Our day off in Newton has given me time to reflect on the first five weeks of our trip. Five weeks?! It took me 6 months to hike 2000 miles, and I've ridden the same distance in just over a month.
Josh made a very poignant comment yesterday, stating that he "knew this would be an urban adventure." I had the same thoughts as I was climbing Monarch Pass last week, cars flying by me with ease. When hiking, the settings are only accessible by foot, and there is a great sense of accomplishment and satisfaction in reaching such a destination. It's less rewarding when you stand at an overlook after pedaling for two (or three, or eight) hours, and a car pulls up next to you and out hops a family of five, able to enjoy the same environment effortlessly. Not that there isn't a sense of accomplishment in riding a bicycle up an 11,000-foot pass, but when a place is accessible by everyone, it loses some of its appeal. Cycling does not allow for the solitude that does hiking and in that way becomes more engaging; I am always focused on the road ahead of and behind me, and always looking for road signs and counting miles.
That being said, the mental and physical challenges of long-distance travel have been similar between hiking and cycling. To continually push yourself physically is a mental feat in itself, and to endure discomfort and fatigue becomes a daily routine. My mind had suppressed some of the physical challenges of my thru-hike, wanting only to remember the enjoyment, but enduring similar struggles on this trip has brought them back into my memories. I had forgotten how to ignore an aching joint or tired muscles, but I have quickly recalled those mental techniques!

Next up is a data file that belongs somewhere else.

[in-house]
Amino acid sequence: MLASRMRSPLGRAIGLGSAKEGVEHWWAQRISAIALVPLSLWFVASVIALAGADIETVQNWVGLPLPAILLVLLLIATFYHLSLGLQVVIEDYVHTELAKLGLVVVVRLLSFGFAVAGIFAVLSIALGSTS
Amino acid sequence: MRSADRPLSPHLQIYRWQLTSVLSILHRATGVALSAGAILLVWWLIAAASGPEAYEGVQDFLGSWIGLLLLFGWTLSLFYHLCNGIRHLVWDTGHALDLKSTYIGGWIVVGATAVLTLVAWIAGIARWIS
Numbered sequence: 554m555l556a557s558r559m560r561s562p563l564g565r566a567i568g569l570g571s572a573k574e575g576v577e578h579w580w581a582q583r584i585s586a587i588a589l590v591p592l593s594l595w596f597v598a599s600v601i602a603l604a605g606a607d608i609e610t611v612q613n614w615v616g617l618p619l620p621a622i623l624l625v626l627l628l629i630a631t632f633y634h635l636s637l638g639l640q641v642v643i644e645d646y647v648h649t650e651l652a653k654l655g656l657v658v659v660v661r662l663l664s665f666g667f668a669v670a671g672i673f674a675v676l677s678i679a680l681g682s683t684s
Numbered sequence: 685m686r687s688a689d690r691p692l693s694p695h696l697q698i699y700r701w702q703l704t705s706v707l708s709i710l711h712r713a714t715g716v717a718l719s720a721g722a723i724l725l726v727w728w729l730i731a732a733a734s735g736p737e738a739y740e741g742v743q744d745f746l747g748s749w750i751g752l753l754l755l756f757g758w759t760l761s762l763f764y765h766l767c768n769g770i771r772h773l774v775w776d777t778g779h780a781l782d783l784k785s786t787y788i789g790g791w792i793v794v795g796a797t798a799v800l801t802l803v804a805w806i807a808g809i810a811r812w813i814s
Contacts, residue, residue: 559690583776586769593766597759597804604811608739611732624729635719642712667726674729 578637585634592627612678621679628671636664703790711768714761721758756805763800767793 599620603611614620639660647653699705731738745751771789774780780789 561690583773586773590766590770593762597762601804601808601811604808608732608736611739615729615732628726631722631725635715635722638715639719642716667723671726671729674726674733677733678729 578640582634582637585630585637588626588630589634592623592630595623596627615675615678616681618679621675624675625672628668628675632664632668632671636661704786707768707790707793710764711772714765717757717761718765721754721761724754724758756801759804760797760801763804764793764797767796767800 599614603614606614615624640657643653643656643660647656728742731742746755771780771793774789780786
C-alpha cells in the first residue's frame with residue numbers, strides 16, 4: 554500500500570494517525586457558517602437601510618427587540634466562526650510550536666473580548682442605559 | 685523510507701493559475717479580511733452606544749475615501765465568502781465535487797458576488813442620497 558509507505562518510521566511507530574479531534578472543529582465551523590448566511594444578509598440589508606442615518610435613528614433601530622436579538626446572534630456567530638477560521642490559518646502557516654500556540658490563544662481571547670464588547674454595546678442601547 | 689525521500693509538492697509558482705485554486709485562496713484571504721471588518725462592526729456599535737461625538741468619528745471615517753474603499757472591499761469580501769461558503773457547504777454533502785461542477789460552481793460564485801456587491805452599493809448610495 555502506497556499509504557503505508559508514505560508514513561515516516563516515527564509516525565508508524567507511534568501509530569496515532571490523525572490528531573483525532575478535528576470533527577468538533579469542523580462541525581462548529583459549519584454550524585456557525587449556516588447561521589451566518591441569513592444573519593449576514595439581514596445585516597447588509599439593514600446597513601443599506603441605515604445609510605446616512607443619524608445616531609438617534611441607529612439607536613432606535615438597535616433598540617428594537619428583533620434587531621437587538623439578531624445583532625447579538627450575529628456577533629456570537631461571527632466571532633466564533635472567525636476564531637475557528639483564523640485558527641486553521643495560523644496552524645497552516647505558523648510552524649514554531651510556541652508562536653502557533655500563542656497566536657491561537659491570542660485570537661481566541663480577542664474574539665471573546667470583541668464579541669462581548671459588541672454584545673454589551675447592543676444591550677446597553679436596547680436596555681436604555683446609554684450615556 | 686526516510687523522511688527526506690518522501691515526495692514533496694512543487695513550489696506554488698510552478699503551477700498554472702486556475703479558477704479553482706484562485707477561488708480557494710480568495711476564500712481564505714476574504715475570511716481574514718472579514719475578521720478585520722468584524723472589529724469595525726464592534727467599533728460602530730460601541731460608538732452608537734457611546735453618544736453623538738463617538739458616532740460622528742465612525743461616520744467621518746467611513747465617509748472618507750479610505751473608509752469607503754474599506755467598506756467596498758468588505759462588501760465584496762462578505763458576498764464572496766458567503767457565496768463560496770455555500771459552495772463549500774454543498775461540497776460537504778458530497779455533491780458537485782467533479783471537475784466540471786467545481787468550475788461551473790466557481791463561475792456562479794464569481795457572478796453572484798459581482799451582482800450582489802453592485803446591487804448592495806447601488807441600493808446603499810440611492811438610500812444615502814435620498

It blows my mind that we are over half way finished with this trip. The confusion of San Francisco seems so fresh in my mind that it's hard to believe we have traveled through everything in between the Pacific and Newton, but the reality of each day is so obvious that it seems impossible to have not ridden this far. The long distance travel time warp has again overtaken my daily life.
As I mentioned before, it's amazing to see the landscape changes at the speed of a bicycle. The subtle changes between geological features are gradually noticeable as we pedal through the elements, and it's fascinating to see this country under my own power.
I'm excited to see the greenery of the Eastern part of the country as it feels more like home than the desert through which we've traveled. As far as we've come, we still have close to 1800 miles to go!